The government announced in May 2010 that it would phase out Child Trust Funds (CTFs), as part of a government-wide cost-cutting plan to tackle the deficit. The Child Trust Funds were a special savings and investment account range brought in by the previous government whereby a child born on or after the 1st September 2002 would receive a £250 voucher when an account was opened in their name.
A further £250 voucher is available to children of families on a lower income. Any income or gains from the account are tax-free. The closing of eligibility to the Child Trust Fund scheme in January 2011 will save the Treasury £320 million this year and £500 million in each future year.
Even though saving initiatives put paid to the CTF, the government has listened to feedback and acknowledged that there is still a huge need for an opportunity for parents to start paying into a savings scheme from their child's birth onwards. The new 'Junior ISA' will have both cash and stocks and shares options available, as with a standard adult Individual Savings Account.
Funds that are added to the account will be owned by the child named on the account and will be locked away until the child reaches adulthood. Contributions to the account will be capped, and all returns that are earned will be tax-free. Unlike the CTF scheme, no government contributions will be made to the accounts, as the benefits will come purely from the tax savings.
Mark Hoban, Financial Secretary to the Treasury said: "I am committed to ensuring that all parents can save for their children's future in a simple and straightforward account. The introduction of this new account means that we can still offer people a clear way of saving for their children, while saving the half billion pounds a year that we currently spend on Child Trust Funds".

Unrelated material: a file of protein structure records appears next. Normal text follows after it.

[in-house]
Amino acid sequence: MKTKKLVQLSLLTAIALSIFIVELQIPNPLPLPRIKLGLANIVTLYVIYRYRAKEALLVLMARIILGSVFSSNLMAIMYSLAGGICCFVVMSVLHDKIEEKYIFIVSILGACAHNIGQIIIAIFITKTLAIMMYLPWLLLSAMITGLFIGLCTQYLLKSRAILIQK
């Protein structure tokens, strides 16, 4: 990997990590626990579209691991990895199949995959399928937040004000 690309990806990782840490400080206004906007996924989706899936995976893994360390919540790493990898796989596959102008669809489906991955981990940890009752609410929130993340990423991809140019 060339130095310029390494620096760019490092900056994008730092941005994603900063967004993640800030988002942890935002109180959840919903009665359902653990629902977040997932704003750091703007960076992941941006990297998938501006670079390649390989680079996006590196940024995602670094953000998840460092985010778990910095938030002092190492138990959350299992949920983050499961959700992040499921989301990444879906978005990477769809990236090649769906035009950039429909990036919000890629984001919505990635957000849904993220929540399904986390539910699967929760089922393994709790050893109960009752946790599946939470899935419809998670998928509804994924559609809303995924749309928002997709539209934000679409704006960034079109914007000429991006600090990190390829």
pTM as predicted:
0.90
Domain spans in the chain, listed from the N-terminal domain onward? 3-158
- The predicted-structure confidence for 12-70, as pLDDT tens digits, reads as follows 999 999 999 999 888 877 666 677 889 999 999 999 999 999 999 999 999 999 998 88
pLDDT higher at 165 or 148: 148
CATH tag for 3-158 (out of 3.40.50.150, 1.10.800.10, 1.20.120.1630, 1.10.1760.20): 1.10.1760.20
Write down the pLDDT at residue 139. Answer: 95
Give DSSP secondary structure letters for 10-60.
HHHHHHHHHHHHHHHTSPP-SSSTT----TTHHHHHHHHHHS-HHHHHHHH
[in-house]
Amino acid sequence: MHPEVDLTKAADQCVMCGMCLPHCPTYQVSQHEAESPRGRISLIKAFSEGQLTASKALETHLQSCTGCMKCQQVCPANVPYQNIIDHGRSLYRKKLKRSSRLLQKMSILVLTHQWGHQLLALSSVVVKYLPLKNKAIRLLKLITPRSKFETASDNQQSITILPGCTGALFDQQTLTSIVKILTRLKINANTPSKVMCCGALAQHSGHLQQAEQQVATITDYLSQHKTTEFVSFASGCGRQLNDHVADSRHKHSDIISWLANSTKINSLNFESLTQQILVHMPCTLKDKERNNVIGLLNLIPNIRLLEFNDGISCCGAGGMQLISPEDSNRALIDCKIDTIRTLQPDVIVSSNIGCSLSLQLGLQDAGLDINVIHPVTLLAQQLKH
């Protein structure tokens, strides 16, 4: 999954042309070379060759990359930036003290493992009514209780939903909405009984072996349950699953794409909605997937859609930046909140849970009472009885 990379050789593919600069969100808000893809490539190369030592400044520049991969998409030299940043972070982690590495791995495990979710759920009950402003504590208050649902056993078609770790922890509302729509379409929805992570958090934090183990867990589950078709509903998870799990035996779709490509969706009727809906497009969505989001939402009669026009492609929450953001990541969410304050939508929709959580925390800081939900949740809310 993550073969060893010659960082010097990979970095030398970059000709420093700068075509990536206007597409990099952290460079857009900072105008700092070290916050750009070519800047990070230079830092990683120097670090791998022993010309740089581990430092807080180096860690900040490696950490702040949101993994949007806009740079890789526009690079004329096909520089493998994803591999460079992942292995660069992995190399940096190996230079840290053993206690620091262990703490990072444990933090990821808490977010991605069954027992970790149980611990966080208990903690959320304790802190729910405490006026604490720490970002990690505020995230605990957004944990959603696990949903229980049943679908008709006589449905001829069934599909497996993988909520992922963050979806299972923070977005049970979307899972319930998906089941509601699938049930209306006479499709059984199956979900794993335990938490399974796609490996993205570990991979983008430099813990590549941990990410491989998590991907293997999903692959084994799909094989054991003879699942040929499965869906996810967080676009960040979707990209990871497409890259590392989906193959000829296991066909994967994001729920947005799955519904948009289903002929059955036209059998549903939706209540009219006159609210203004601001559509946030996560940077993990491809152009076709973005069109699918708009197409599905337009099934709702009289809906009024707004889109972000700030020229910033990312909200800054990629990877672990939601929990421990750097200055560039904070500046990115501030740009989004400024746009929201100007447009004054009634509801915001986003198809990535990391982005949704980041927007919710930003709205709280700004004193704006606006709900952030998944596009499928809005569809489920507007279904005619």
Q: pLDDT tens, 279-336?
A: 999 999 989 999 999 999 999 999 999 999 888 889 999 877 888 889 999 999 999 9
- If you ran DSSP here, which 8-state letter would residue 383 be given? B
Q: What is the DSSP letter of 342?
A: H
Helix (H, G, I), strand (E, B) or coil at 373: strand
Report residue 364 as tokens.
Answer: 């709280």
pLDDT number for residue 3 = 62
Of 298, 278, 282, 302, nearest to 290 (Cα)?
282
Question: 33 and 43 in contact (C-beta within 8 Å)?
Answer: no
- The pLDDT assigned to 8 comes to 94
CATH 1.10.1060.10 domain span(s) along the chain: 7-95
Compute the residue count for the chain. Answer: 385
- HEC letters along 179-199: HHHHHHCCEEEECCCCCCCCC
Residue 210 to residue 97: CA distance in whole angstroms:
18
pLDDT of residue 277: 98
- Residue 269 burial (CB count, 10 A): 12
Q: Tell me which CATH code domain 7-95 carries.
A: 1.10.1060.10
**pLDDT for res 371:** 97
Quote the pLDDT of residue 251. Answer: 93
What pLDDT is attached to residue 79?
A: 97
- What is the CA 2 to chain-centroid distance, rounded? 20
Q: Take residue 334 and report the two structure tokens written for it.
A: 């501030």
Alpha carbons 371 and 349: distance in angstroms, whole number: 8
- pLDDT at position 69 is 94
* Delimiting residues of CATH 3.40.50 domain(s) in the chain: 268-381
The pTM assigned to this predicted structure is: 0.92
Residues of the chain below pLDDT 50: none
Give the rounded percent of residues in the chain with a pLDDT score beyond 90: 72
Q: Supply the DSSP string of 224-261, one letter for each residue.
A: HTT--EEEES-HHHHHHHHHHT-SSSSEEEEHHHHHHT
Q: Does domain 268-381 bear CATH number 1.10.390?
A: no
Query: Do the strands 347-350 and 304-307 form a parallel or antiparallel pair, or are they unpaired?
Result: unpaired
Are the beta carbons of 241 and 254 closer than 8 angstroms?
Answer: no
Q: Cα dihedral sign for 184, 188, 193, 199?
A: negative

Reactions to the scheme have been generally positive, although there has been questioning from some quarters. John Reeve, Chief Executive of Family Investments said, "The Government is calling this new product a "Junior ISA" but in essence it appears to be a CTF without the contribution, which begs the question as to why the CTF is not kept but without the voucher?"
Reeve continues, "Unfortunately, the timetable announced by the Government also means that there will be at least a six-month gap between the end of the CTF and the Junior ISA's introduction." The Treasury announcement does confirm however, that eligibility for the new scheme will be backdated to ensure that no child born after the closure of Child Trust Funds will lose out.